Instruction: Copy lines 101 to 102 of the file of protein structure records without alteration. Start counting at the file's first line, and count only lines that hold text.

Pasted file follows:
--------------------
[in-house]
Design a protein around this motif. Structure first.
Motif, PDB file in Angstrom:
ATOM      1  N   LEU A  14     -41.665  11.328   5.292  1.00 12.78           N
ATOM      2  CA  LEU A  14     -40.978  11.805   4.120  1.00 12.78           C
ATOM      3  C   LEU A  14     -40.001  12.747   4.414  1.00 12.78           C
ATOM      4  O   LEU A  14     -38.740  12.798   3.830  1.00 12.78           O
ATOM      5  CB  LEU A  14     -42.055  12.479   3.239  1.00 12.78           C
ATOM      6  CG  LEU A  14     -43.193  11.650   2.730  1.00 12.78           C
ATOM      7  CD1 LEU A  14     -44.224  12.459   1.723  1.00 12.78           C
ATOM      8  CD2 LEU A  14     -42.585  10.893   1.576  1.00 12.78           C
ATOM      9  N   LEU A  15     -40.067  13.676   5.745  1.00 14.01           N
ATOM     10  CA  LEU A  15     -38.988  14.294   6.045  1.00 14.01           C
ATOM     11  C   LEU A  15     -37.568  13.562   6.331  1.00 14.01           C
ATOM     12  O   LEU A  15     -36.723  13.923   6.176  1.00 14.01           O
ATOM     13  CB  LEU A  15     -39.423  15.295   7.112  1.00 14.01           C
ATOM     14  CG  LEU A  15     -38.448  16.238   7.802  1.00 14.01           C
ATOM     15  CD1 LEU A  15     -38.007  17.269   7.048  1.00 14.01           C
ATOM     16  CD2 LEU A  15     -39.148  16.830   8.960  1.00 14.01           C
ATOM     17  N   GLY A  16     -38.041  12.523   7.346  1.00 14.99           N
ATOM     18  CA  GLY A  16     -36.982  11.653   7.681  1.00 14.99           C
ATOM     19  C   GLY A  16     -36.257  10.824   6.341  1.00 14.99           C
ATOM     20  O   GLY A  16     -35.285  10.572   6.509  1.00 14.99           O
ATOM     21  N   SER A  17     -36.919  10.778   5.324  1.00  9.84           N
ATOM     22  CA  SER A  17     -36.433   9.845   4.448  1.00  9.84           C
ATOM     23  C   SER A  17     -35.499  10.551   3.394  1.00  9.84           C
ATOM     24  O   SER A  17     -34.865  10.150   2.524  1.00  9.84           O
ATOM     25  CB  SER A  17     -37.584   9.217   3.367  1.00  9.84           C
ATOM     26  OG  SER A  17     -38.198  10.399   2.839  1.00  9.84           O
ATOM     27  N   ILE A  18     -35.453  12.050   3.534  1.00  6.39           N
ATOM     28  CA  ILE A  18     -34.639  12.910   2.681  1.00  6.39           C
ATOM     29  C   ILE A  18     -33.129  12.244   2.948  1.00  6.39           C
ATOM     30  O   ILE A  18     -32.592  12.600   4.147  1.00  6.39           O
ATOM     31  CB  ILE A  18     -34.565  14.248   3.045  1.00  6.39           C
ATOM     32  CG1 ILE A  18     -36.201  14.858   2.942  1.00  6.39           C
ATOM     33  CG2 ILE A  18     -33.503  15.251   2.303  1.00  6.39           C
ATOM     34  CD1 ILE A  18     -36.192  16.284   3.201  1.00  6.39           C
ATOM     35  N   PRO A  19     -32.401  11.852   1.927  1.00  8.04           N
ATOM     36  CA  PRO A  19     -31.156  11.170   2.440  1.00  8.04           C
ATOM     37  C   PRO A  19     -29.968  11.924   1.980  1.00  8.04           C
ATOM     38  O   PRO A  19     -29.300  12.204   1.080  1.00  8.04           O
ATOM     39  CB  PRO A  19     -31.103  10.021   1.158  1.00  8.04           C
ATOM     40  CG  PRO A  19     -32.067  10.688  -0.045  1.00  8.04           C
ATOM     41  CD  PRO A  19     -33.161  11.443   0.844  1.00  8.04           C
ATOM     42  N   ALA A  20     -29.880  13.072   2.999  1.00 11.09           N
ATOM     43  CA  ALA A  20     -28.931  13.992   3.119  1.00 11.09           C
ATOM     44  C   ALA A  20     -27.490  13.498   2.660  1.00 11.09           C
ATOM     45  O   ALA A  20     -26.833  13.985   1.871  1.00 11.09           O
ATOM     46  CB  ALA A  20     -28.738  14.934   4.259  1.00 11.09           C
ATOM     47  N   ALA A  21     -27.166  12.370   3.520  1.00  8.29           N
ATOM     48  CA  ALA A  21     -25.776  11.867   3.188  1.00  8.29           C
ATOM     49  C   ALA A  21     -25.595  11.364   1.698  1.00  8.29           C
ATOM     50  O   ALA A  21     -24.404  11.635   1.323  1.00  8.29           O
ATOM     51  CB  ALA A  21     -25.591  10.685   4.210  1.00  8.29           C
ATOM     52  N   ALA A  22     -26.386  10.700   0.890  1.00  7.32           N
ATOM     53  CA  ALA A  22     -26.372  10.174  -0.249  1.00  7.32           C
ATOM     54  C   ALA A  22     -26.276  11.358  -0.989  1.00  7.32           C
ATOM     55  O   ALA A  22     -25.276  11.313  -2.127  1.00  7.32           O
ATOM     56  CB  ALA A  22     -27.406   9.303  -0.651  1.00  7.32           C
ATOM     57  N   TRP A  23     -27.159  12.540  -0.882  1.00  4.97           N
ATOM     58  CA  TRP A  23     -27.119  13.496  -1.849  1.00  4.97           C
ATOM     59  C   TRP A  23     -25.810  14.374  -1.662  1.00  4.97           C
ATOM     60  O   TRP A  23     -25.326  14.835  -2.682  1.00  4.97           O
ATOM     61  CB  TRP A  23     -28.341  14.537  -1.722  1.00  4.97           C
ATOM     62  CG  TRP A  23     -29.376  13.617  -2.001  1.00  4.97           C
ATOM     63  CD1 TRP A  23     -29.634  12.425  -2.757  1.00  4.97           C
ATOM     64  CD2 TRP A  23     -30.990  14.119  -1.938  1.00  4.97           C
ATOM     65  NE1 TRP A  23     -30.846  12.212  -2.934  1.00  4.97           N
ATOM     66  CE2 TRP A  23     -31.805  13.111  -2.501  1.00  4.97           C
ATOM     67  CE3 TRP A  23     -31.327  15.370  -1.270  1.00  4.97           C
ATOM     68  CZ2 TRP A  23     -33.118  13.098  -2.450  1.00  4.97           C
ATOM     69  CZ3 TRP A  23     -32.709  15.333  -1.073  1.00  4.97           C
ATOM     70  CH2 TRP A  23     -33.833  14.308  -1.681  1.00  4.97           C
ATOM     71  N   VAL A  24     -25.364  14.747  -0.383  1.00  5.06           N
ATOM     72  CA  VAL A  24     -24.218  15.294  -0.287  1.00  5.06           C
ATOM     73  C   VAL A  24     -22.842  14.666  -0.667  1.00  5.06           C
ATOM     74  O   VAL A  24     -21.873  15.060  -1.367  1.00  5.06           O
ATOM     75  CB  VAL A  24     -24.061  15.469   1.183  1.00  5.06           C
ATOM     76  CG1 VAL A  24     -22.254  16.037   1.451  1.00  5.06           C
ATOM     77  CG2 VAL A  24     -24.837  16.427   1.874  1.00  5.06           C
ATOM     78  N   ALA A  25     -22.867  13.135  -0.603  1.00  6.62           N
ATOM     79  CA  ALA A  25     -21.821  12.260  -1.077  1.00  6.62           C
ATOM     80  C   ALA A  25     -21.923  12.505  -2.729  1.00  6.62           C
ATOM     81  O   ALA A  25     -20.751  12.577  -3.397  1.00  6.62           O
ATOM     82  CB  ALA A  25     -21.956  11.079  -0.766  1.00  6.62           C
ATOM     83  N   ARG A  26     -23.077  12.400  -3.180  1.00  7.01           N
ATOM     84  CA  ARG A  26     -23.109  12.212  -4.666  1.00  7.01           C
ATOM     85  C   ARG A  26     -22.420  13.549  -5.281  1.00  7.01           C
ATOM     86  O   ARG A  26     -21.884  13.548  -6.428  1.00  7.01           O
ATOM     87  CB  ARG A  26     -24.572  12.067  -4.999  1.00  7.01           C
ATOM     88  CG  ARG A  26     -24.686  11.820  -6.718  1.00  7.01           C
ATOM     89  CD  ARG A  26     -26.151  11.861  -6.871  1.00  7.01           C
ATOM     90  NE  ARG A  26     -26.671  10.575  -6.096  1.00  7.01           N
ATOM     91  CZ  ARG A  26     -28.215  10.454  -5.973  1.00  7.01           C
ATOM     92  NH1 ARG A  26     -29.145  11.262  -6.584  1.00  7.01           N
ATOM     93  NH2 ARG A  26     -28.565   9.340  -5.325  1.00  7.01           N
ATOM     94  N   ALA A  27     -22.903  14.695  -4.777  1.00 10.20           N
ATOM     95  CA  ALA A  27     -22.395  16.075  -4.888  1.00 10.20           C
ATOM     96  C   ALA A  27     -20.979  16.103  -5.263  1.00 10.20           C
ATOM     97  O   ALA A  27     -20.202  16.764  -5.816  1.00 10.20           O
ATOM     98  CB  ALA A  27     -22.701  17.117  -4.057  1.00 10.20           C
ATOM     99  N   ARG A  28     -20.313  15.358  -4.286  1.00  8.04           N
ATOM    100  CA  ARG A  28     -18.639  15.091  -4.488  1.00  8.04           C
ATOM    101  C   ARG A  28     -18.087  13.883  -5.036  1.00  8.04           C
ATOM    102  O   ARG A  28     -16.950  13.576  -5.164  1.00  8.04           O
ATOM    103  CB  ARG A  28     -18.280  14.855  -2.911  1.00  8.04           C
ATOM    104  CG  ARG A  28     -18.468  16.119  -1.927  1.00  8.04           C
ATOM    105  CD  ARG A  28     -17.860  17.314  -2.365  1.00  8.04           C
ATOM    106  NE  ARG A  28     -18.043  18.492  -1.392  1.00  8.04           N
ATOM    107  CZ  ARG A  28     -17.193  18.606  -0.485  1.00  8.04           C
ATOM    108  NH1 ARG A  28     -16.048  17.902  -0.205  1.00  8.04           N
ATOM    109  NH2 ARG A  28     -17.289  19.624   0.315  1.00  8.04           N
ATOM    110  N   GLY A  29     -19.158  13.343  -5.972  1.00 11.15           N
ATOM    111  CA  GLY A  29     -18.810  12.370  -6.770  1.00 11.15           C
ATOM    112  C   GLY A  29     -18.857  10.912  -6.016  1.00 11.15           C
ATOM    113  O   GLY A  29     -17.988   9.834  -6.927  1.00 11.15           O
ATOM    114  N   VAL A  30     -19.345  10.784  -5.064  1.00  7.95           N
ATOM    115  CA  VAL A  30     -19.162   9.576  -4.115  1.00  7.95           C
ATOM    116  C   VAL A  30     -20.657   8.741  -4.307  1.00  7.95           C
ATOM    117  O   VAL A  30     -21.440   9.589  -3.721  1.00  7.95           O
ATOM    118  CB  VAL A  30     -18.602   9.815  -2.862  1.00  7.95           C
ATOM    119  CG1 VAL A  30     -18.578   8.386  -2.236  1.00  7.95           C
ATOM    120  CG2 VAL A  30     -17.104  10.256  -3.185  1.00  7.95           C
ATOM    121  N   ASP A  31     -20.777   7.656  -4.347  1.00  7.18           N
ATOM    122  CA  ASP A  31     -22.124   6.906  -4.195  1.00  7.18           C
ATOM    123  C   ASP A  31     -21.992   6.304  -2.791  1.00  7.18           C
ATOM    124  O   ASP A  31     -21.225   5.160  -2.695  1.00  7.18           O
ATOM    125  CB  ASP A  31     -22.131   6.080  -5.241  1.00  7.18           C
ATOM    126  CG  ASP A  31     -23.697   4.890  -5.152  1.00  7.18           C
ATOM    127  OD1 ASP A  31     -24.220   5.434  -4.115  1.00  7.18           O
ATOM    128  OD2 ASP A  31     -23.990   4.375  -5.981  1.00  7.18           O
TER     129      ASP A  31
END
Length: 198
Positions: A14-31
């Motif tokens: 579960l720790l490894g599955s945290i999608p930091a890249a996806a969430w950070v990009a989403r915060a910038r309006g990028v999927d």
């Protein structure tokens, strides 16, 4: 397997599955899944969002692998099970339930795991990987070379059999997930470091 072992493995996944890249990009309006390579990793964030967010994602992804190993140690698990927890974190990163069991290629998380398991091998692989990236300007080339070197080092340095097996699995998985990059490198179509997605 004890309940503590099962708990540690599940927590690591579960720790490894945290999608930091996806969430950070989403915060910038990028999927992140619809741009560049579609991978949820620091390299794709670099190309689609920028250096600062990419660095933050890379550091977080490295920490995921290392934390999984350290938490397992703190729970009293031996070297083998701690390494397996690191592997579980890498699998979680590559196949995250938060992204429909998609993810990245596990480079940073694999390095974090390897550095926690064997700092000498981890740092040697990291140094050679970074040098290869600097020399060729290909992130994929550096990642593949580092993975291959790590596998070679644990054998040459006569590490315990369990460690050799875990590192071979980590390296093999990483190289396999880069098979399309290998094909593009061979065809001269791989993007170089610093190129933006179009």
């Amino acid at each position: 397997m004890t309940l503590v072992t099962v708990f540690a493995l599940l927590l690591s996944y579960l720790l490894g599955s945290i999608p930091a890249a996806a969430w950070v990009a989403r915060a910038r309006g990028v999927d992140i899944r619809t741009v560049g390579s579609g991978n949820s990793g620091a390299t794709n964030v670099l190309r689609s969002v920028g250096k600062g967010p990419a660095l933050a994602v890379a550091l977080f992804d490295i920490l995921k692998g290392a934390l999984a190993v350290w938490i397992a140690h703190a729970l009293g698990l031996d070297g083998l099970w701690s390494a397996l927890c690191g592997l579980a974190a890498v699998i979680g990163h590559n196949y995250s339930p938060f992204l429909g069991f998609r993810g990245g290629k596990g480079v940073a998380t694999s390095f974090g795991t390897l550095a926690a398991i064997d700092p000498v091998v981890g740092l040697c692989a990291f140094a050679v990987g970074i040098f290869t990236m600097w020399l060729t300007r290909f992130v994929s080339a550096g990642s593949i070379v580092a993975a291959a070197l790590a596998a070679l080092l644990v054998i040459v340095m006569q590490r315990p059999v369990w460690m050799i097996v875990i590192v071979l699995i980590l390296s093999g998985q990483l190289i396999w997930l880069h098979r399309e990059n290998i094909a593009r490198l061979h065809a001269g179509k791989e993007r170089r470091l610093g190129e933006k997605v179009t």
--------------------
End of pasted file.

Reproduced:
ATOM     98  CB  ALA A  27     -22.701  17.117  -4.057  1.00 10.20           C
ATOM     99  N   ARG A  28     -20.313  15.358  -4.286  1.00  8.04           N